• business churn metrics in addition to year-over-year summary trends;
  • indicators related to innovation, productivity, or global business activity among assisted businesses.

Report program-related outcomes as distinct from broader economic benchmark indicators.

Evaluate data source options, including the feasibility, quality, and availability of data when selecting indicators.

Determine which indicators can be used to understand economic inclusivity within the state’s overall economic development portfolio.

  • capture relevant information about program impacts related to racial, ethnic or gender diversity and distress of the places where investments are made
  • report data internally even if not required for external reporting

Create a communication plan to drive productive use (and accurate dissemination) of economic development program outcome data.

Here is a seven step guide for creating a strategic communications plan

Some suggest these metrics:

1. Is there a focus on creating digital health solutions in the ecosystem?

2. Do the members of the ecosystem have experience supporting large-scale initiatives?

3. Is the ecosystem partnered with healthcare providers?

4. Is the ecosystem partnered with corporations, academic and government researchers?

5. Is the ecosystem partnered with investors?

6. Is the ecosystem partnered with governmental and regulatory bodies?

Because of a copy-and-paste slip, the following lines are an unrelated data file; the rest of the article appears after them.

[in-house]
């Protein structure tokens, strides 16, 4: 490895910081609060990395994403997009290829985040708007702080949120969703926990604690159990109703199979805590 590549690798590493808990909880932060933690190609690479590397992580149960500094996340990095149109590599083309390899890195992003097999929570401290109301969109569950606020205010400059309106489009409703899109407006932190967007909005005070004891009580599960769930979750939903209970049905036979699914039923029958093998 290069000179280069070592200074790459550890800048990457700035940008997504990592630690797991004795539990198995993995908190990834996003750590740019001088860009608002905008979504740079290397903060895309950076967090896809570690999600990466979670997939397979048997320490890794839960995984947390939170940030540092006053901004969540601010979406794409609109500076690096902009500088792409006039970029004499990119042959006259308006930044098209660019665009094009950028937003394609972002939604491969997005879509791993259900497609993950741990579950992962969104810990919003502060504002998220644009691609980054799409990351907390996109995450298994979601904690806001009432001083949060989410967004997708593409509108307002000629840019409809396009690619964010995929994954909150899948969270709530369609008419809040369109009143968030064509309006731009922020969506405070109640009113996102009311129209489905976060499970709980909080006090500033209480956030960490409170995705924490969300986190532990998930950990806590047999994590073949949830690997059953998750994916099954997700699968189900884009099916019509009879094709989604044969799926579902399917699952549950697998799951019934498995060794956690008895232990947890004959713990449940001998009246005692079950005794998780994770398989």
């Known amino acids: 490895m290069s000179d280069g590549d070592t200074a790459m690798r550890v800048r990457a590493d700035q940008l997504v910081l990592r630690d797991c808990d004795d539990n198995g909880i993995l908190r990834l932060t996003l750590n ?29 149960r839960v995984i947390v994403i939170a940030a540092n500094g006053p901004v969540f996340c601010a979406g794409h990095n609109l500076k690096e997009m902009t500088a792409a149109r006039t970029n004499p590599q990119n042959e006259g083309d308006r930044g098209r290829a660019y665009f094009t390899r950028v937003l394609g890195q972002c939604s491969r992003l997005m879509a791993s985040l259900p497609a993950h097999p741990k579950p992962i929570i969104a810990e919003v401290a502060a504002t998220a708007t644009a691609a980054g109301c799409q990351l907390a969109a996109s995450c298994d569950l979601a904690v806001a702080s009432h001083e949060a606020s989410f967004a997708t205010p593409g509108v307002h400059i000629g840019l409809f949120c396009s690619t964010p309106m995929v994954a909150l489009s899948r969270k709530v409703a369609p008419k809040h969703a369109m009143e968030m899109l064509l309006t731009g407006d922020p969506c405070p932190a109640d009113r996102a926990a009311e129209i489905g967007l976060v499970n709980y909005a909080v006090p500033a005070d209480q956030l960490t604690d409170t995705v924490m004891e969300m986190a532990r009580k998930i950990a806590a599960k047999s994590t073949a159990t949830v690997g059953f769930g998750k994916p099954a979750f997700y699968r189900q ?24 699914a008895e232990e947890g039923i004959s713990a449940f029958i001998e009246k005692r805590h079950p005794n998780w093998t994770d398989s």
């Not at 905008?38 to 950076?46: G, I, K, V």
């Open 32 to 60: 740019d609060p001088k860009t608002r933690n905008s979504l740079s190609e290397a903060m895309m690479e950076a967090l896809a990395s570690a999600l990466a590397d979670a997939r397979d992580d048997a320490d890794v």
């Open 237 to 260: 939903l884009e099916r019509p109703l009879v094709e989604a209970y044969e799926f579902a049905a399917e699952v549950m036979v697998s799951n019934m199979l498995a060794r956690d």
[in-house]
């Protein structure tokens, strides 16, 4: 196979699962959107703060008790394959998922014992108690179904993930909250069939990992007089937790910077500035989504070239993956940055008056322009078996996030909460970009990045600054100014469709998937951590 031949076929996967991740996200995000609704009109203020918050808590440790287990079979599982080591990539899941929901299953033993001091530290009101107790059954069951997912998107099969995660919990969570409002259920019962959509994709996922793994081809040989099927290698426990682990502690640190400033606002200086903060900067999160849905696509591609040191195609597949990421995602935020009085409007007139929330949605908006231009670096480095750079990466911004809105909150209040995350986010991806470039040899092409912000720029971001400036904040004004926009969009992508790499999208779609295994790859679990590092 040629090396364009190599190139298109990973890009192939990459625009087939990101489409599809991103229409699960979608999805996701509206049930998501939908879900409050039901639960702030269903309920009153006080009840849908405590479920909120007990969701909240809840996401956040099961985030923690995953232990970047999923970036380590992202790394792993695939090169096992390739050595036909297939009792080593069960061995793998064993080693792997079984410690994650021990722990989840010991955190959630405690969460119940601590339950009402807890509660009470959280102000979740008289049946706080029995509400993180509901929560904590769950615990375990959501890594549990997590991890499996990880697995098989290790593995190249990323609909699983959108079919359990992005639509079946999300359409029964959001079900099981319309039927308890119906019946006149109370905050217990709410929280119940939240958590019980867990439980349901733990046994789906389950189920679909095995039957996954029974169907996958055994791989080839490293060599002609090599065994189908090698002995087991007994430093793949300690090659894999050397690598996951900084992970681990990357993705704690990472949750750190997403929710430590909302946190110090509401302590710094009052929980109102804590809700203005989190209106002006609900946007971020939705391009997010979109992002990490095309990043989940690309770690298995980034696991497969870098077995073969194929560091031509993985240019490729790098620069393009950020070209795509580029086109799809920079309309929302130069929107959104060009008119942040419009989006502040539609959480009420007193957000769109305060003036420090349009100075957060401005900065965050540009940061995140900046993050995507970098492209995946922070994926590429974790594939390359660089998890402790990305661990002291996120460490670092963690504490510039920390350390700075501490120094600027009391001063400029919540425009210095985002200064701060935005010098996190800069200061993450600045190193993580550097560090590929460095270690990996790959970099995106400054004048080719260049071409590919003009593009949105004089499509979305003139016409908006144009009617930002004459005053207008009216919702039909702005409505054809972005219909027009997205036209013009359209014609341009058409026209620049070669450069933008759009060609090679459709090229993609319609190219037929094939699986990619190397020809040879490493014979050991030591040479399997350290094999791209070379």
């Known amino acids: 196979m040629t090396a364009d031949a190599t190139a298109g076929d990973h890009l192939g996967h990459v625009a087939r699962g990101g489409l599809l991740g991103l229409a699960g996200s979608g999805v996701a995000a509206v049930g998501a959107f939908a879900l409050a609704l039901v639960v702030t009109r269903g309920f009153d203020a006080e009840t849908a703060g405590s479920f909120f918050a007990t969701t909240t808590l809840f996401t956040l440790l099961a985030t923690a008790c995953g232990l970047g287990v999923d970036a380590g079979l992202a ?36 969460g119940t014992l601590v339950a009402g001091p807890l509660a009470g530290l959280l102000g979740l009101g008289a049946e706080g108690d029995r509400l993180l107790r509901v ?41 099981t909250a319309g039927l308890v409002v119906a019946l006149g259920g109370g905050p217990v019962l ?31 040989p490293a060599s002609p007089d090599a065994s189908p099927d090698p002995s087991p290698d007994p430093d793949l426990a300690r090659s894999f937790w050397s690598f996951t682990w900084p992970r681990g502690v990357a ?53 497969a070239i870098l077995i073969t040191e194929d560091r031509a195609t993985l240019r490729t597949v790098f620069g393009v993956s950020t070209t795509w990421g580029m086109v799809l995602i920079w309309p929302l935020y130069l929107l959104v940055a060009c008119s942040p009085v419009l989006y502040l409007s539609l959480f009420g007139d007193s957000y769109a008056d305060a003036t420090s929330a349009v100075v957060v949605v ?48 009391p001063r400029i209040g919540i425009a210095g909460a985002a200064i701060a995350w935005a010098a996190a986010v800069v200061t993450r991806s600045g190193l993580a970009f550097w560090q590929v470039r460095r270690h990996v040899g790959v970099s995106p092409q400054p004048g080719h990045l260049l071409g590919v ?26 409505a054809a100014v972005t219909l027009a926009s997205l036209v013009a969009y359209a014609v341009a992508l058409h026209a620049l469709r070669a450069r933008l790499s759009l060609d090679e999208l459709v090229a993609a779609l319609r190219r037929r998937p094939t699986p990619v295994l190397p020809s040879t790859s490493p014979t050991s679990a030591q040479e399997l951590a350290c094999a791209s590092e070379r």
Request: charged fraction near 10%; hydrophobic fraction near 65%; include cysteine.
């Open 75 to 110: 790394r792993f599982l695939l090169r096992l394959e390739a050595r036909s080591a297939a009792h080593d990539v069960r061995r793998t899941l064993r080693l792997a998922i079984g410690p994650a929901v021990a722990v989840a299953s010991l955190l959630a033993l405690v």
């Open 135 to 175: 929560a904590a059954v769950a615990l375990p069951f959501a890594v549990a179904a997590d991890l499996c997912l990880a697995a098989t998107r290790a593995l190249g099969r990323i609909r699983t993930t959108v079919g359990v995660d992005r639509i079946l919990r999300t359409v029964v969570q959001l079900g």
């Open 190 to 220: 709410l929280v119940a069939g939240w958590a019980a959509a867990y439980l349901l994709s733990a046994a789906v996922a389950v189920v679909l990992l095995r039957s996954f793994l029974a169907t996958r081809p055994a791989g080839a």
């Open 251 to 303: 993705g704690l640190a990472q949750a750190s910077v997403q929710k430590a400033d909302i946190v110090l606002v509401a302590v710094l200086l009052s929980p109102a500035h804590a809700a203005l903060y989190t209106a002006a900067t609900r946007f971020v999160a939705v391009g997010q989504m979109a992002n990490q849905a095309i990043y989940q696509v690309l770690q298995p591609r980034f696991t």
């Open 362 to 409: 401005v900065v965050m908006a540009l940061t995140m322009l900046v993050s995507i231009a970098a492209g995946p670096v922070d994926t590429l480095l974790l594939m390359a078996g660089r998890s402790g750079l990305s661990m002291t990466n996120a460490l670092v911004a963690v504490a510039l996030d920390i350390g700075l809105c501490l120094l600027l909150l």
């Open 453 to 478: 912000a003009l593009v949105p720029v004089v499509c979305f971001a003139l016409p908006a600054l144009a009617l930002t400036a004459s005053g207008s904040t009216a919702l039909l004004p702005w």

7. Does support for the development and scaling of innovation exist within the ecosystem?

8. Does a virtual and physical support structure exist for the entrepreneurs within the ecosystem?

9. How accessible is information within the ecosystem?

10. What evidence exists to support the efficacy of the ecosystem in driving innovation?

I’d suggest several other domains in the scoring system:

Education and manpower development: Are you meeting the needs of the community?

Technology transfer metrics: Patents, revenues, spinouts

Economic development metrics: Taxes, new venture creation, employment numbers

Patient value metrics: How and how much have the products helped patients?

Firm and entrepreneur metrics: How much wealth has been created?

Contribution to US global competitiveness and international trade: Are we winning against our global competitors?

Value proposition: Are there multiple value propositions for each user segment or just one ?

Business model: Is it VAST?

Information flow: How easy is it for people and information to connect

Open innovation quotient: How open open is the network?

Quality of newcos: What is the likelihood that the companies in the cluster will generated substantial user defined value and be able to scale?

Survival rate: The estimated 5 year surival rate for new businesses is 50%. Is your cluster record better?

We’re halfway through 2017 and already a group of startups that together raised $1.48 billion have shut down. 

Building a digital health cluster requires leveraging public, private industry, academic and investor assets.

It is not enough to use vanity metrics to be #1. Fundamentally, the yardsticks need to go beyond process and structure and take a world view. The measurements need to be transparent determinants of value. Finally, we need ecosystem KPIs that measure impact, not just output. In most instances, that can only be defined by the patient end users.

Only then can you stand in the winner’s circle.

 
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Arlen MyersArlen Meyers, MD, MBA is the President and CEO of the Society of Physician Entrepreneurs at www.sopenet.org and co-editor of Digital Health Entrepreneurship